Ethiopia pardons hundreds sentenced on ‘terrorism’ charges
More than 304 prisoners, including 289 convicted on ‘terrorism’ charges, to regain their freedom
The move is part of a raft of reforms pledged by authorities after violent unrest broke out three years ago, sparked by an urban development plan for the capital, Addis Ababa, that critics said would trigger land seizures in the surrounding Oromia region.
The demonstrations quickly spread to other parts of the country, with protesters demanding wider political freedom and equality, as well as an end to human rights abuses.
Those pardoned on Friday include three Kenyans, who were released following an agreement between the two countries to strengthen bilateral relations, according to a statement sent to state-affiliated Fana by Ethiopia’s attorney general.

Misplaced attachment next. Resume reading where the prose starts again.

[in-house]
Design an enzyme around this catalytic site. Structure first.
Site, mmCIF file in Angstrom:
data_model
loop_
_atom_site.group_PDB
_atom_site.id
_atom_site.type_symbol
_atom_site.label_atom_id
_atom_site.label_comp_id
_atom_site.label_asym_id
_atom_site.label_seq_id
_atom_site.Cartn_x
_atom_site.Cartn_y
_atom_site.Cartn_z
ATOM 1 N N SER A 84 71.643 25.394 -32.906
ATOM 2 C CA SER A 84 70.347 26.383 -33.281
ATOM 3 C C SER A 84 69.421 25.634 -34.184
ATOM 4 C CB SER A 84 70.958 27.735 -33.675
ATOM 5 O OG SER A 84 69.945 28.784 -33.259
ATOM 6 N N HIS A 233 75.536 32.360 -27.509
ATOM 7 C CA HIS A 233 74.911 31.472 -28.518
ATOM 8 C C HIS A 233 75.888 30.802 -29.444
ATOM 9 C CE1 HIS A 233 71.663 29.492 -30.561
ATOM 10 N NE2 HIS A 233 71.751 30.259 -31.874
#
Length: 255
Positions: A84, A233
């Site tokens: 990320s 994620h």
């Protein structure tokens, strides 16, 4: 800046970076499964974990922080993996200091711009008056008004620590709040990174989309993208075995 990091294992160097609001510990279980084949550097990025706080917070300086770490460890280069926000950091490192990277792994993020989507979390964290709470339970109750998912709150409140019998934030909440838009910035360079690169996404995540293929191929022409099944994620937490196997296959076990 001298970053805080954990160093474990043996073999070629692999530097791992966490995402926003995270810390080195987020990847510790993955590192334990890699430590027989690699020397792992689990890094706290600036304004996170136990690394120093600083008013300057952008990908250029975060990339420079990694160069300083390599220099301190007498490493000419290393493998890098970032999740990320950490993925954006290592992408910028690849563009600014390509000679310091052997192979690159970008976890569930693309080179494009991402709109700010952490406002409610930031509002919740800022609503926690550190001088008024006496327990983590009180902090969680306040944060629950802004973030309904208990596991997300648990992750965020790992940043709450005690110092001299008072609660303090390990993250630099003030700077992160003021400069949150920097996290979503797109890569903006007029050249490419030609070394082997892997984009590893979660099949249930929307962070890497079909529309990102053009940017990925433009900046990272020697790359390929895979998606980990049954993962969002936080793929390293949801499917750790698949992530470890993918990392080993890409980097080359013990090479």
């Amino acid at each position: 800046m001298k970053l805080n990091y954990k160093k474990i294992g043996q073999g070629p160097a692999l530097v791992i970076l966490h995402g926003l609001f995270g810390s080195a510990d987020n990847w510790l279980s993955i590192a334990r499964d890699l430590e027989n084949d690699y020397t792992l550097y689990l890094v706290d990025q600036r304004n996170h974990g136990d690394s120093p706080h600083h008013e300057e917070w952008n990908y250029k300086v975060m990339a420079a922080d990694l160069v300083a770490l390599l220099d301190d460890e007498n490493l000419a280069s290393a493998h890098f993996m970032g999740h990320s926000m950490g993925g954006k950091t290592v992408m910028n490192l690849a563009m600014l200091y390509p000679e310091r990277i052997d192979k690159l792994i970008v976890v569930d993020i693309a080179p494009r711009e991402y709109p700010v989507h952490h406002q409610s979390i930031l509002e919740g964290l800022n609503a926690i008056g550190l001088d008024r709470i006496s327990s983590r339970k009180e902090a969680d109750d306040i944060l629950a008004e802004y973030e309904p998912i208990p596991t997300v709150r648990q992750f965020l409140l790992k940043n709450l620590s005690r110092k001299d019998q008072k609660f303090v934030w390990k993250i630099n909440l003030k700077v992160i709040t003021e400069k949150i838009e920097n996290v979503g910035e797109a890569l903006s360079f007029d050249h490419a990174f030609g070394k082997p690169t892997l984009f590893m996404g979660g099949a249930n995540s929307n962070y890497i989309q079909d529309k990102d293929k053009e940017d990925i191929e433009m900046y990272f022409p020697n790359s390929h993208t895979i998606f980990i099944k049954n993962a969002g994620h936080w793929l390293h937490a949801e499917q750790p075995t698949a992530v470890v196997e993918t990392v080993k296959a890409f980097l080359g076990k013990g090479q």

More than 1,000 prisoners have been released or slated for release since Prime Minister Abiy Ahmed came to power in April.
Abiy took office after his predecessor, Hailemariam Desalegn, abruptly resigned amid widespread anti-government protests that claimed the lives of several hundred people, mainly in the restive Oromia and Amhara regions.
Among those freed in recent months are several senior opposition leaders accused of charges such as “terrorism” or incitement to topple the government.
One of them is Andargachew Tsige who was found guilty of “terrorism” and sentenced to death in absentia in 2009 over his role in the opposition group Ginbot 7.
The father of three was arrested during a stopover at a Yemen airport in June 2014 and taken to Ethiopia.
Last month, Ethiopia lifted its state of emergency and Abiy has been making numerous changes in a country considered highly repressive by rights groups
The East African state has also made moves towards repairing relations with rival and neighbour, Eritrea.